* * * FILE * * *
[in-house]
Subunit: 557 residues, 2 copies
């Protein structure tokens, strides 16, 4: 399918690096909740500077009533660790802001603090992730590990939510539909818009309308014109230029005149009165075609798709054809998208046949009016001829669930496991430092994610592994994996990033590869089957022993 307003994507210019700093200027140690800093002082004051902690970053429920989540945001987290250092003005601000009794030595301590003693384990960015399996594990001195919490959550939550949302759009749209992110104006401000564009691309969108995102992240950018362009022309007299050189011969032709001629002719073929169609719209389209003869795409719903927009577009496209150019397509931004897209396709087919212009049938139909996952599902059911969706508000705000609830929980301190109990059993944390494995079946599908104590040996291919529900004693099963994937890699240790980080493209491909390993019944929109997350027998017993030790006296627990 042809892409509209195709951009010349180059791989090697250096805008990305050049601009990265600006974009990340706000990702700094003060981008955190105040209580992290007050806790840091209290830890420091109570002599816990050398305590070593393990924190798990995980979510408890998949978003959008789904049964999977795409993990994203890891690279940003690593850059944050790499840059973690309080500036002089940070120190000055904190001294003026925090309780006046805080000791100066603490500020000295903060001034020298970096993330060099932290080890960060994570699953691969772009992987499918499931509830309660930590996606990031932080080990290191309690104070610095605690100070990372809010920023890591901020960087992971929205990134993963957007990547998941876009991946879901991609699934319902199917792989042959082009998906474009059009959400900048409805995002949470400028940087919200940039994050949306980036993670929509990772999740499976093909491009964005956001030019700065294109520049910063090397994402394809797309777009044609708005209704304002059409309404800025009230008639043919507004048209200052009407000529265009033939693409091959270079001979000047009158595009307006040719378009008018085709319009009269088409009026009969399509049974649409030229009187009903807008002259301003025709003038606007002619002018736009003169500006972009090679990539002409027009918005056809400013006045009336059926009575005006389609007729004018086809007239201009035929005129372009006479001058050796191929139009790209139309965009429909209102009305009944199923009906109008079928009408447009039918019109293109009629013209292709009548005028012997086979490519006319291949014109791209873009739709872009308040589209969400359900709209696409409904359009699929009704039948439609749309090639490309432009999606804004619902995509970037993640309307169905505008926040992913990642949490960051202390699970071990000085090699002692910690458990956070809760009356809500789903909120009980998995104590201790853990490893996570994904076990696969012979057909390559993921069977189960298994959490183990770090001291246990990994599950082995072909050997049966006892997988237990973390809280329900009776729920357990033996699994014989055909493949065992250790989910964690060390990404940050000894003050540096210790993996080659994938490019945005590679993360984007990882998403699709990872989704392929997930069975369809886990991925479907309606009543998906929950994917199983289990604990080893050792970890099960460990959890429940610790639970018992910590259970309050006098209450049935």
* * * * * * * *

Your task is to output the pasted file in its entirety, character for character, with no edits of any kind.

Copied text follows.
[in-house]
Subunit: 557 residues, 2 copies
């Protein structure tokens, strides 16, 4: 399918690096909740500077009533660790802001603090992730590990939510539909818009309308014109230029005149009165075609798709054809998208046949009016001829669930496991430092994610592994994996990033590869089957022993 307003994507210019700093200027140690800093002082004051902690970053429920989540945001987290250092003005601000009794030595301590003693384990960015399996594990001195919490959550939550949302759009749209992110104006401000564009691309969108995102992240950018362009022309007299050189011969032709001629002719073929169609719209389209003869795409719903927009577009496209150019397509931004897209396709087919212009049938139909996952599902059911969706508000705000609830929980301190109990059993944390494995079946599908104590040996291919529900004693099963994937890699240790980080493209491909390993019944929109997350027998017993030790006296627990 042809892409509209195709951009010349180059791989090697250096805008990305050049601009990265600006974009990340706000990702700094003060981008955190105040209580992290007050806790840091209290830890420091109570002599816990050398305590070593393990924190798990995980979510408890998949978003959008789904049964999977795409993990994203890891690279940003690593850059944050790499840059973690309080500036002089940070120190000055904190001294003026925090309780006046805080000791100066603490500020000295903060001034020298970096993330060099932290080890960060994570699953691969772009992987499918499931509830309660930590996606990031932080080990290191309690104070610095605690100070990372809010920023890591901020960087992971929205990134993963957007990547998941876009991946879901991609699934319902199917792989042959082009998906474009059009959400900048409805995002949470400028940087919200940039994050949306980036993670929509990772999740499976093909491009964005956001030019700065294109520049910063090397994402394809797309777009044609708005209704304002059409309404800025009230008639043919507004048209200052009407000529265009033939693409091959270079001979000047009158595009307006040719378009008018085709319009009269088409009026009969399509049974649409030229009187009903807008002259301003025709003038606007002619002018736009003169500006972009090679990539002409027009918005056809400013006045009336059926009575005006389609007729004018086809007239201009035929005129372009006479001058050796191929139009790209139309965009429909209102009305009944199923009906109008079928009408447009039918019109293109009629013209292709009548005028012997086979490519006319291949014109791209873009739709872009308040589209969400359900709209696409409904359009699929009704039948439609749309090639490309432009999606804004619902995509970037993640309307169905505008926040992913990642949490960051202390699970071990000085090699002692910690458990956070809760009356809500789903909120009980998995104590201790853990490893996570994904076990696969012979057909390559993921069977189960298994959490183990770090001291246990990994599950082995072909050997049966006892997988237990973390809280329900009776729920357990033996699994014989055909493949065992250790989910964690060390990404940050000894003050540096210790993996080659994938490019945005590679993360984007990882998403699709990872989704392929997930069975369809886990991925479907309606009543998906929950994917199983289990604990080893050792970890099960460990959890429940610790639970018992910590259970309050006098209450049935």